James Dowey, Investment Director & Chief Economist, Neptune Investment Management
Shinzo Abe’s LDP-led coalition won a big victory in Japan’s general election yesterday, securing 326 of the 475 seats in the Lower House.
This compares favourably to the 326 of 480 that it secured at the last election in December 2012, with recent boundary changes having eliminated five seats in the interim. Importantly from a market perspective, the coalition held on to its super-majority (of greater than two-thirds of the seats), which enables it to push policies through parliament more easily.
Investors hate uncertainty and, in particular, some were concerned about the possibility that Mr Abe’s coalition might lose its super-majority, so one would expect this positive result ultimately to be rewarded by the stockmarket. On Monday, the TOPIX actually fell 1.5% in yen terms but this should be evaluated in the context of Friday’s highly negative action in Western markets, which saw the FTSE 100 fall 2.5%, the S&P 500 fall 1.6% and the Euro Stoxx Index fall 2.9%. The TOPIX responded to these falls at the opening on Monday.
More broadly, the result has strengthened Mr Abe’s hand both by clearing the political road ahead until the next general election, in principle to be held in 2018, and, although voter turnout was very low, establishing a fresh public mandate for his government’s ‘Abenomics’ economic policies.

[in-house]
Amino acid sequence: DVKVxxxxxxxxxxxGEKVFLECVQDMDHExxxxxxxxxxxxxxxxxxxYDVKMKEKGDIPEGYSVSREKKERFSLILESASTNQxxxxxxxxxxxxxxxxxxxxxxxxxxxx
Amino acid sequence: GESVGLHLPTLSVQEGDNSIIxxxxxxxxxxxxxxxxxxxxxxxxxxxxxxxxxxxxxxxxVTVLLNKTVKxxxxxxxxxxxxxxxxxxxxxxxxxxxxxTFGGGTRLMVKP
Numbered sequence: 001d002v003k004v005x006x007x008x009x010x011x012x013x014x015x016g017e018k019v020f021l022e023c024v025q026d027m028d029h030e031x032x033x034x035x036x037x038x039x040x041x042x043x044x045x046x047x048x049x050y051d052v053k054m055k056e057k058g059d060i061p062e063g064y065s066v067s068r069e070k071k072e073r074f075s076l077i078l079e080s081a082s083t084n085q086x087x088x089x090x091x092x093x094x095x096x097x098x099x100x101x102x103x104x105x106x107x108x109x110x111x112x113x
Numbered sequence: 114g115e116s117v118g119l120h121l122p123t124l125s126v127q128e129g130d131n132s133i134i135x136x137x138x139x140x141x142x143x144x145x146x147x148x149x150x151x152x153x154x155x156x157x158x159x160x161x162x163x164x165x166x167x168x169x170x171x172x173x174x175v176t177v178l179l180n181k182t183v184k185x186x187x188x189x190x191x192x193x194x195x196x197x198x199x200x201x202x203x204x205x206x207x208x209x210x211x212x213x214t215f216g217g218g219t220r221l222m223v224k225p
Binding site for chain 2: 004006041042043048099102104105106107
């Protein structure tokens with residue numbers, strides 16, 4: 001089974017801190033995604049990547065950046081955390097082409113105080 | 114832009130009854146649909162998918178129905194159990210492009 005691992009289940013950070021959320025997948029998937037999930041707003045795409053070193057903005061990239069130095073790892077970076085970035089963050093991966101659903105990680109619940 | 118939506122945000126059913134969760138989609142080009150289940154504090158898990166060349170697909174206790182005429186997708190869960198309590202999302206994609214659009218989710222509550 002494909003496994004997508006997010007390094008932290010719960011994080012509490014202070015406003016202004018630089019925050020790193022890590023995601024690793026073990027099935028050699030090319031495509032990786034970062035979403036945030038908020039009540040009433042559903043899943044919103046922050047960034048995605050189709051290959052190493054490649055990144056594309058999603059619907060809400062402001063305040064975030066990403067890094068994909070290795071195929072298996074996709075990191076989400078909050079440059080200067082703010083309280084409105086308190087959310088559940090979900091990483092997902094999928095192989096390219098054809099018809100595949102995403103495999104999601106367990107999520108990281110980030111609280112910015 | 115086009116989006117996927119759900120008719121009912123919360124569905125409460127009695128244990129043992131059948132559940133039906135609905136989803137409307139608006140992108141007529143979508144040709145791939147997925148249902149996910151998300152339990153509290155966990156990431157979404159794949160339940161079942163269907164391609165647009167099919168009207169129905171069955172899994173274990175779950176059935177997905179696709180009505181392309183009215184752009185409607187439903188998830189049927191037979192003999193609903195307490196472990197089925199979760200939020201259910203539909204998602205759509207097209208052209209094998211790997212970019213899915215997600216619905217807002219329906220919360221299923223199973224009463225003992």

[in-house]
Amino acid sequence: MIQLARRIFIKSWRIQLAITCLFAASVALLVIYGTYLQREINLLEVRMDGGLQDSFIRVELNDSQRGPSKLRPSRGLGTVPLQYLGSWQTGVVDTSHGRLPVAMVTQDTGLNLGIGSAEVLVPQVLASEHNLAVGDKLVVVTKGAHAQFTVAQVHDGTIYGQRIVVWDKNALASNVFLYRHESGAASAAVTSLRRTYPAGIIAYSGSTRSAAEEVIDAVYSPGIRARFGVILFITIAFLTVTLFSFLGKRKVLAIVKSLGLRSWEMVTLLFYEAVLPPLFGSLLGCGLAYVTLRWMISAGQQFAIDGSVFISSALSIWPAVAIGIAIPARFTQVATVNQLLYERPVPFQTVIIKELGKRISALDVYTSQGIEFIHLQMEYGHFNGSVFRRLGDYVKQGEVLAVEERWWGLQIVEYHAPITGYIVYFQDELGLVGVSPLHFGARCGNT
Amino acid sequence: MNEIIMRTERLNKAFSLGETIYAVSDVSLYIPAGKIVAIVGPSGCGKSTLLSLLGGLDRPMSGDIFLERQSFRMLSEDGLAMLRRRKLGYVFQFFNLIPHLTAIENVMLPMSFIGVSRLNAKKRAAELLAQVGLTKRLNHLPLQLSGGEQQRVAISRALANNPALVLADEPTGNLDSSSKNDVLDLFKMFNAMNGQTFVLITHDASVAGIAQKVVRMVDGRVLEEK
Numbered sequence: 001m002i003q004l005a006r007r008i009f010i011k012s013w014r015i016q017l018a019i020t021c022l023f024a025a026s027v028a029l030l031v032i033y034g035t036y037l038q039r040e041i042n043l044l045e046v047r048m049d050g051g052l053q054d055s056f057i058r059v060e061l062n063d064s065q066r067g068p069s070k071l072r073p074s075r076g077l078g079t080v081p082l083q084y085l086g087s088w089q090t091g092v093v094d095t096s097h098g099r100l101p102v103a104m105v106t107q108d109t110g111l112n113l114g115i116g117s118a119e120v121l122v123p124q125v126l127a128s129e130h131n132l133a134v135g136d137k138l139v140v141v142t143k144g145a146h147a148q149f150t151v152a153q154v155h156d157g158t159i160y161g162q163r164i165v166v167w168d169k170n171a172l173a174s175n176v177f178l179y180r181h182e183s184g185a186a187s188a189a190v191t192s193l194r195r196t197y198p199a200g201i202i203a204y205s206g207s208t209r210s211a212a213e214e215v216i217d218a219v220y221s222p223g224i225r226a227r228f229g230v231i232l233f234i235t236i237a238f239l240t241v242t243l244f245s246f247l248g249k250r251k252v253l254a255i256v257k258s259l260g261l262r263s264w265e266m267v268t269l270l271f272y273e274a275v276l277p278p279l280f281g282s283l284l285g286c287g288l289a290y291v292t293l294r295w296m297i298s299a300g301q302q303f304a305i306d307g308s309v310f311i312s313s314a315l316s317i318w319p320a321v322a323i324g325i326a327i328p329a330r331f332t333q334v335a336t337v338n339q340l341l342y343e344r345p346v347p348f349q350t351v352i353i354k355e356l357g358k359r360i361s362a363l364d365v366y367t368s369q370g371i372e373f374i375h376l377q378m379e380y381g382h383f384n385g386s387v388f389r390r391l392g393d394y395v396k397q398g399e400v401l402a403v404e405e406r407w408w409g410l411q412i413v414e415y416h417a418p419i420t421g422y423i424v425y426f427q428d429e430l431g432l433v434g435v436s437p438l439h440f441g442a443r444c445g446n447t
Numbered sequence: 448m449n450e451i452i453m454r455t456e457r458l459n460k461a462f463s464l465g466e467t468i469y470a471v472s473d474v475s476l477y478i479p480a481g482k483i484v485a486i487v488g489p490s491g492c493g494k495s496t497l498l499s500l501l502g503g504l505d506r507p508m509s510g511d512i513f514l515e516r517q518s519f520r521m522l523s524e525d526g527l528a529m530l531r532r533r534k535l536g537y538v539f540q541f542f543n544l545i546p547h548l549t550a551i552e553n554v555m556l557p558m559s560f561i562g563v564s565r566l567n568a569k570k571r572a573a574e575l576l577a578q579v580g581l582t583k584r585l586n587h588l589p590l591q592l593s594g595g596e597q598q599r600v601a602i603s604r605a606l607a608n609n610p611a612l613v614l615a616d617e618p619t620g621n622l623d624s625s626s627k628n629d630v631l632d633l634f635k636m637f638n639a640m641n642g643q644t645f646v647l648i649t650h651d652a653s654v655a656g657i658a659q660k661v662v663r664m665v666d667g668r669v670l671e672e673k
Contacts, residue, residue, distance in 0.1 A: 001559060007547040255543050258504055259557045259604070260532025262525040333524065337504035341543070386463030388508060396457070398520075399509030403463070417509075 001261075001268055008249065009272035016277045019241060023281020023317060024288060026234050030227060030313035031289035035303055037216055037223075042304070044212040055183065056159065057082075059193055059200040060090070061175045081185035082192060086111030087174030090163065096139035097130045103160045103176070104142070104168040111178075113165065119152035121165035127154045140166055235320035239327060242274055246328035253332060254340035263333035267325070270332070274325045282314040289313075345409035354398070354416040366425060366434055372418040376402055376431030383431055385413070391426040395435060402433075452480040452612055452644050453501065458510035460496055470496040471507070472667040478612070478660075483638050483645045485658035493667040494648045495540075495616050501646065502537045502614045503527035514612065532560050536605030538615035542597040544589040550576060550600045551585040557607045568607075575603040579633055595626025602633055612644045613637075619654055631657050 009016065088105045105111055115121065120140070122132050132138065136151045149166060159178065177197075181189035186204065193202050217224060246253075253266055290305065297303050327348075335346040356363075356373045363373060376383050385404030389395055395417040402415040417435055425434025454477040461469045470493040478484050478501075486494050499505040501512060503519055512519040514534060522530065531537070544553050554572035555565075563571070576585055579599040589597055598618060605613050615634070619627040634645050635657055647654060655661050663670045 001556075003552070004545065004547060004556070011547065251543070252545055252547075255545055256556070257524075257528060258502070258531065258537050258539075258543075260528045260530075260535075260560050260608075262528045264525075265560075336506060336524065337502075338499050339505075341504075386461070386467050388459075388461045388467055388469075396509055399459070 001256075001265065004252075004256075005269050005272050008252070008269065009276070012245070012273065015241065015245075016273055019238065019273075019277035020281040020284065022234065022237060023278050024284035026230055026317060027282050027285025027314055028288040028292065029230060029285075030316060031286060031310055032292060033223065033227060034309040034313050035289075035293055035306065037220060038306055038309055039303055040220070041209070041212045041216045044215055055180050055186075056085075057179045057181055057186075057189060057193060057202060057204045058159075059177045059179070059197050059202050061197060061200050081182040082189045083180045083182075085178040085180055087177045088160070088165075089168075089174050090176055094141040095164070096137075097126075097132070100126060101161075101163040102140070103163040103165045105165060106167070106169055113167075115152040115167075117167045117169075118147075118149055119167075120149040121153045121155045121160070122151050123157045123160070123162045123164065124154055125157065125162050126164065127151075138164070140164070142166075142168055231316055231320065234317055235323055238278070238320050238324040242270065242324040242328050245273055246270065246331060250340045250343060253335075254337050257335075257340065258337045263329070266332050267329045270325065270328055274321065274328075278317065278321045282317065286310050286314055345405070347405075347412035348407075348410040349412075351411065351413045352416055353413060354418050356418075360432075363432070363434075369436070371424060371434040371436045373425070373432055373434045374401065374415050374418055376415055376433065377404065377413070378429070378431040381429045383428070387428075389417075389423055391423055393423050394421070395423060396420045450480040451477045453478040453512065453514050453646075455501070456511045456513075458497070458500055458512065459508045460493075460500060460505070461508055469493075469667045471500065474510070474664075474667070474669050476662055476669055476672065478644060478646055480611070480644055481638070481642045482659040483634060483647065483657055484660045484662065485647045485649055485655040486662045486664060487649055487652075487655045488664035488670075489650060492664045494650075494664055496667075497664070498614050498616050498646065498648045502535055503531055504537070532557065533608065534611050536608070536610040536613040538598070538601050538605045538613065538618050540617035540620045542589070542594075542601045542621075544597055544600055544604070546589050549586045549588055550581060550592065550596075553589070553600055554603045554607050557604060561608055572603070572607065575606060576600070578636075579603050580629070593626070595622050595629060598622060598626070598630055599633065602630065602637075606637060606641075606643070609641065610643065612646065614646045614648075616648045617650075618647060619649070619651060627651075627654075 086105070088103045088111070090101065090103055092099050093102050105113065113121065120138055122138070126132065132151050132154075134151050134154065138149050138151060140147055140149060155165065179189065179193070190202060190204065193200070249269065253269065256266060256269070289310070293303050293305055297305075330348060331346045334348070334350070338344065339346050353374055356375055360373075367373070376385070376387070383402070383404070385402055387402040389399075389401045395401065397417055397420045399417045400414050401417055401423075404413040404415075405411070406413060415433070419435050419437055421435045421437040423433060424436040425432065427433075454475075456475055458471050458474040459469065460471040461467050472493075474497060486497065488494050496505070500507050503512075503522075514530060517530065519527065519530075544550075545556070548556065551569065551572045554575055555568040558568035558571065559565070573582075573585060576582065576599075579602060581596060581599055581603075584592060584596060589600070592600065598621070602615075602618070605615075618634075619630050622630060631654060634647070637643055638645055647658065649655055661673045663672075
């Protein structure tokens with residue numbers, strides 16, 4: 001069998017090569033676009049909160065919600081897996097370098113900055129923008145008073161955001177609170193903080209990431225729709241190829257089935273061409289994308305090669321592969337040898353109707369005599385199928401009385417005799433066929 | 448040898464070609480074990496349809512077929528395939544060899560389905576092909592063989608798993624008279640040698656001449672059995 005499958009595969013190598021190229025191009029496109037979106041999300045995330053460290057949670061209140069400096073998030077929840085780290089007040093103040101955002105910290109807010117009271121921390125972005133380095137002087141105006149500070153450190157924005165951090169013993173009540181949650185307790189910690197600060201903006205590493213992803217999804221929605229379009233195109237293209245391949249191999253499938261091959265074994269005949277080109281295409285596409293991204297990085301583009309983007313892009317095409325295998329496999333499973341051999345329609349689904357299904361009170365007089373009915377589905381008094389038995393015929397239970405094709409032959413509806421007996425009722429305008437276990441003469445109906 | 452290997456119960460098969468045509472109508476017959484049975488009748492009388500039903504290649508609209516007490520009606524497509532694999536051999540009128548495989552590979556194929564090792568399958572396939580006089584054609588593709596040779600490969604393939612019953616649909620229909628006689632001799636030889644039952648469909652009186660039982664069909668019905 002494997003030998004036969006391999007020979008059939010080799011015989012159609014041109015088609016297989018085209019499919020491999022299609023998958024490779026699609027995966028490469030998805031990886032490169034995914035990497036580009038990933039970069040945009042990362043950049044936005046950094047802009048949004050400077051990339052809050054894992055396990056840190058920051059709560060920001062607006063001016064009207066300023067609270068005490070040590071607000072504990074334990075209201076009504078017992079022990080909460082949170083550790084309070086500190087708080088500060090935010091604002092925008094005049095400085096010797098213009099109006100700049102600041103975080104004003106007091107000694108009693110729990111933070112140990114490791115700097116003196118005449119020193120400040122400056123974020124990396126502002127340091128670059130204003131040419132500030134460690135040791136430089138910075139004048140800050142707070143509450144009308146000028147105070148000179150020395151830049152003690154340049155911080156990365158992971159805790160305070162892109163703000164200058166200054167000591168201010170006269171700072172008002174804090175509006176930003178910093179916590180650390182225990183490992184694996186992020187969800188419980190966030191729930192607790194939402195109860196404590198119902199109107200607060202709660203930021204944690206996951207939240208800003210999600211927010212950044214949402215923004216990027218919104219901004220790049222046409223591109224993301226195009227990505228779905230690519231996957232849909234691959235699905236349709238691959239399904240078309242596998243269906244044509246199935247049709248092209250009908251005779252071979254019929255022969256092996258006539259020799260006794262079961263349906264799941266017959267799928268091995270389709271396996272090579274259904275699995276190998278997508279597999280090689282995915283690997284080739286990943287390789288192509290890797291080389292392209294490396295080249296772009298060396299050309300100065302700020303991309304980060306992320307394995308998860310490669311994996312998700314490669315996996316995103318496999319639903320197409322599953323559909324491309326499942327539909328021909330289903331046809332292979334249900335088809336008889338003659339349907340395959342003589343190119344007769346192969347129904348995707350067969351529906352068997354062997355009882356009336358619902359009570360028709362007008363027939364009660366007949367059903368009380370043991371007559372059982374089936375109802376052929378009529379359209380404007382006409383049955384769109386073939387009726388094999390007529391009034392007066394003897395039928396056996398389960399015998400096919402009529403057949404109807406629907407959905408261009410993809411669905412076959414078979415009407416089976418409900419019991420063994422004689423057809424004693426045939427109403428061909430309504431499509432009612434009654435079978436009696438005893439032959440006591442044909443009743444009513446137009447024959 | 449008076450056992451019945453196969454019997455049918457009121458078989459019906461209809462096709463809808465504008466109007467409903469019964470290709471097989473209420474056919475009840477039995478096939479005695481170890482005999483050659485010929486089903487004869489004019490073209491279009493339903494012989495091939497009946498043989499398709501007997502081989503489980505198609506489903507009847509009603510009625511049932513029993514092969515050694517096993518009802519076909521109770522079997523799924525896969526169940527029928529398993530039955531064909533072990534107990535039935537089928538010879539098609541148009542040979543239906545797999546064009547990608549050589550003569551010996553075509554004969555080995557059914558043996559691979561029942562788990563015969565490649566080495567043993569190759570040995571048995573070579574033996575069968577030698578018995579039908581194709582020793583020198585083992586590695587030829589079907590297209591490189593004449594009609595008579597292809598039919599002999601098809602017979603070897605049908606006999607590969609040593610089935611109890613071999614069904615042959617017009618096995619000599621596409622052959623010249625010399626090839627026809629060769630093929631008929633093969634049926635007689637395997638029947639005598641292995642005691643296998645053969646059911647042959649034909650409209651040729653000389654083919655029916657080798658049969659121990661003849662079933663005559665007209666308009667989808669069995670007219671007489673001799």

We have emphasised that these policies – especially aggressive monetary expansion and exchange rate depreciation – have the potential to boost Japanese equity prices much further over the next few years. And we are satisfied that the government and the Bank of Japan remain committed to their implementation. Given the crucial role of yen depreciation in Abenomics, from a UK investor’s perspective it is important to neutralise its effect on returns by hedging yen exposure, as we do at Neptune. We maintain a large, fully currency-hedged overweight in Japan in our Global Equity and Global Alpha funds, and high conviction in the pro-Abenomics, fully currency-hedged positioning of our Japan Opportunities Fund.
This election result clears the way for what we believe will be a good 2015 for our Japanese stocks. We believe that they will benefit from further Bank of Japan monetary expansion and yen depreciation; domestic economic growth acceleration from the current dip that was caused by the first stage of the VAT tax hike; and a domestic and global growth boost due to the recent large decline of the oil price.
The decline of the oil price is particularly beneficial to Japan given the rising energy import bill that, until recently, Japan has incurred as a negative side effect of Abenomics-driven yen depreciation. This side-effect has been particularly sharp given the context of Japan’s nuclear shutdown following the Fukushima nuclear disaster in 2011. Next year, however, will likely see significant relief in the Japanese energy import bill relative to 2014 owing to the lower average oil price, and, although politically sensitive, the likely restarting of the first nuclear reactors.